The name channel black came from the use of steel channel irons whose flat side was used to collect carbon black deposited from many small flames in contact with its surface. The collecting channels and thousands of flames issuing from ceramic tips were housed in sheet metal buildings, each 35-45 m long, 3-4 m wide, and about 3 m high. The air supply came from the base of these buildings, the waste gases, containing large quantities of undeposited product, were vented to the atmosphere as a black smoke. Carbon black was removed from the channels by scrapers and fell into hoppers beneath the channels. Yields were very low, in the range of 1-5%. The blackest pigment grades had the lowest yields. The product was conveyed from the hot houses to a processing unit where grit, magnetic scale, coke, and other foreign material were removed. From an initial bulk density of 80 kg/m3 (5 lb/ft3) it was compacted and pelletized to over 400 kg/m3 (25 lb/ft3) for use in rubber. Lower bulk densities were used for pigment applications.
Channel blacks are surface oxidized as a result of their exposure to air at elevated temperatures on the channel irons. Due to surface oxidation, the particles are slightly porous. These features influence performance in most applications.
The feedstocks for the oil-furnace process are essentially hydrocarbon oils. They are specified to be free of coke and other gritty materials, possess high aromaticity, and contain low levels of asphalt, sulfur, and alkali metals. The oil-furnace process involves a partial combustion of the hydrocarbon feed, followed by quenching to reduce the temperatures rapidly from 1300°-1600° C. to 1000° C., which protects the newly formed carbon black aggregates. The product passes through heaters, where the combustion air is preheated, and is quenched again at 270° C. prior to collection of the carbon black in glass bag filters. The carbon black is ground or micropulverized and stored. Carbon blacks are pelletized by dry or wet methods to provide a low dusting or nondusting product.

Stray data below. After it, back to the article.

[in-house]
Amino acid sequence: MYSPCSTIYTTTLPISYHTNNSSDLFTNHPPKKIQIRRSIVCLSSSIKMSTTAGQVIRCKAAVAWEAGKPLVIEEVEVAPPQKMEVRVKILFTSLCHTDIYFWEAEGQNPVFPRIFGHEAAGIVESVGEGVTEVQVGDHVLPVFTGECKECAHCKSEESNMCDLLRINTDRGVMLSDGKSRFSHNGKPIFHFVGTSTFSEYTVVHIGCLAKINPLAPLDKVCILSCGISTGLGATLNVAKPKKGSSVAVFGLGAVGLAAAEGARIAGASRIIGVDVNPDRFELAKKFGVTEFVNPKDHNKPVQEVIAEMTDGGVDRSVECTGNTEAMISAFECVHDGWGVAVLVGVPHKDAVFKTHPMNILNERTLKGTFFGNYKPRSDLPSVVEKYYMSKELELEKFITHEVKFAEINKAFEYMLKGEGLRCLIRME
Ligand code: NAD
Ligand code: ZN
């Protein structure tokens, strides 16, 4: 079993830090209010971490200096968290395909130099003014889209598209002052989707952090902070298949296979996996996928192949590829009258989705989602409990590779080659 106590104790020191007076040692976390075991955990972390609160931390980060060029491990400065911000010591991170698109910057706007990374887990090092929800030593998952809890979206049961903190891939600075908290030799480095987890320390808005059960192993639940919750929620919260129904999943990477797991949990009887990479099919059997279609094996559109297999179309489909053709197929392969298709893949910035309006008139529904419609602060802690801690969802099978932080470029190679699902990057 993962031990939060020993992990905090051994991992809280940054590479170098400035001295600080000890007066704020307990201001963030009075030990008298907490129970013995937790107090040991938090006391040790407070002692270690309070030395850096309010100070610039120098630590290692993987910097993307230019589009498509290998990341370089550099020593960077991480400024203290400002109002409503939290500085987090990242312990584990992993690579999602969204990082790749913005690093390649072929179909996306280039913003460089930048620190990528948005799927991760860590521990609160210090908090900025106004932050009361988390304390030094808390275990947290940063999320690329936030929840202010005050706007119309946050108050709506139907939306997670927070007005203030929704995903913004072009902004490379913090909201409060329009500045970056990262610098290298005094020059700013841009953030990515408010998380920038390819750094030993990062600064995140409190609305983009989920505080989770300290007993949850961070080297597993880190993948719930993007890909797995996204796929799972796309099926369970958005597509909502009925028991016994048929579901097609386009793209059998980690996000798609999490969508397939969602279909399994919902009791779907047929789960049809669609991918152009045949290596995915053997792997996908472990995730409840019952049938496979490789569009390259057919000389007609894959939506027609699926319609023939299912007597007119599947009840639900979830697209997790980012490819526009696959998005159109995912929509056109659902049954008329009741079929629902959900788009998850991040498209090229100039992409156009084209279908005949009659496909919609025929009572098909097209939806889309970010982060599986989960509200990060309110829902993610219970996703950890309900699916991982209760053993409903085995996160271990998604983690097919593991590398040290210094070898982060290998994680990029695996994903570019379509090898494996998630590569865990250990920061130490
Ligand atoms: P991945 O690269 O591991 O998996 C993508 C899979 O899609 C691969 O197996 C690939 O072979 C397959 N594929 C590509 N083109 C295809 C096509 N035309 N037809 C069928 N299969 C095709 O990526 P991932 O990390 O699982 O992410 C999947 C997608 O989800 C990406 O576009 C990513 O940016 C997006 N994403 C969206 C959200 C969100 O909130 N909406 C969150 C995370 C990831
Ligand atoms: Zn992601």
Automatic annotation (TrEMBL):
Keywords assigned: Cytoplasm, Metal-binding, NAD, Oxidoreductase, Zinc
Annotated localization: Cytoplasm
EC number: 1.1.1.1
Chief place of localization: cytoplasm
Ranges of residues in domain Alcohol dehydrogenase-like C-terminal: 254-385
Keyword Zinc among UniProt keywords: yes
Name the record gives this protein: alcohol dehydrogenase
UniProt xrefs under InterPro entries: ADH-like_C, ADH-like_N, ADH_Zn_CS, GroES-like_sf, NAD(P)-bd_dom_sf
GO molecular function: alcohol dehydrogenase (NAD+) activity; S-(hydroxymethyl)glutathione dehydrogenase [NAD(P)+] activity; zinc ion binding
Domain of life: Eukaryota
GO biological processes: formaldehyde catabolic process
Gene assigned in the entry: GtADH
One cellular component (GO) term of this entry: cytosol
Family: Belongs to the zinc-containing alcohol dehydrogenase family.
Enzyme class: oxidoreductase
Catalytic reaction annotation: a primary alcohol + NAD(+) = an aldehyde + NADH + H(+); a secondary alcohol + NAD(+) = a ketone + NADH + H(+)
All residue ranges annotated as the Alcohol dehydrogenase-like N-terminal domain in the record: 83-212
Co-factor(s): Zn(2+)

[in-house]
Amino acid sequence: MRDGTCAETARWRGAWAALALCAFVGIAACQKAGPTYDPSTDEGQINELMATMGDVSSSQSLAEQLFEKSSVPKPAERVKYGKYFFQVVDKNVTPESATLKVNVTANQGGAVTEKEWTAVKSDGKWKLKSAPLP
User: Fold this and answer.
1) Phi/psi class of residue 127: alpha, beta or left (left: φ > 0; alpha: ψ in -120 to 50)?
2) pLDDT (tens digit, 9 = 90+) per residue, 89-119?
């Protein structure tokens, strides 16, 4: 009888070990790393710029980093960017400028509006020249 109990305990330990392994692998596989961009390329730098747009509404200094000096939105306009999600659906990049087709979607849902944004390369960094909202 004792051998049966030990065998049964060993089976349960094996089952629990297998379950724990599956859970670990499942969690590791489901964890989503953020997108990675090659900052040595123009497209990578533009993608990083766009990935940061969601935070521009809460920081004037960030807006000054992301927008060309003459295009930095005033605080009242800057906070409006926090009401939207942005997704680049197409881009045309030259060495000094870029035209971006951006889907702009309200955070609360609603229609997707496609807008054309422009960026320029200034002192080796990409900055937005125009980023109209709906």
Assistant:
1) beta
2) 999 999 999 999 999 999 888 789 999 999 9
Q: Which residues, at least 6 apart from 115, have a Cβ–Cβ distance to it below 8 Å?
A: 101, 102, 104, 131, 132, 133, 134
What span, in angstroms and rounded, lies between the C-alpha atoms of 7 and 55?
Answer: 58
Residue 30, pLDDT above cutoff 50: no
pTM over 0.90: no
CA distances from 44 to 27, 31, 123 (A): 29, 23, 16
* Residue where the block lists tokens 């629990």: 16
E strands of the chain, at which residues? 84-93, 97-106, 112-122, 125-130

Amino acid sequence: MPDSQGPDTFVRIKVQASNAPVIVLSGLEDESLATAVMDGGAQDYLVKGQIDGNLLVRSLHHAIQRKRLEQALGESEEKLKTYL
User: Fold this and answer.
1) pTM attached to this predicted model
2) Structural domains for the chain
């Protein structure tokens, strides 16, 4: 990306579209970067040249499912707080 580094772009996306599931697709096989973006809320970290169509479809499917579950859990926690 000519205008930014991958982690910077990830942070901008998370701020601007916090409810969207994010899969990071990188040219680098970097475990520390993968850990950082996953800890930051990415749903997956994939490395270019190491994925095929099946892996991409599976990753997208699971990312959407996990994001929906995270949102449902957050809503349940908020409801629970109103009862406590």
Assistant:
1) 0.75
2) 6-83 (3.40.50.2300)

This process is similar to that described previously for the acetylene process, with the exception of the feedstock used, hydrocarbons rather than acetylene.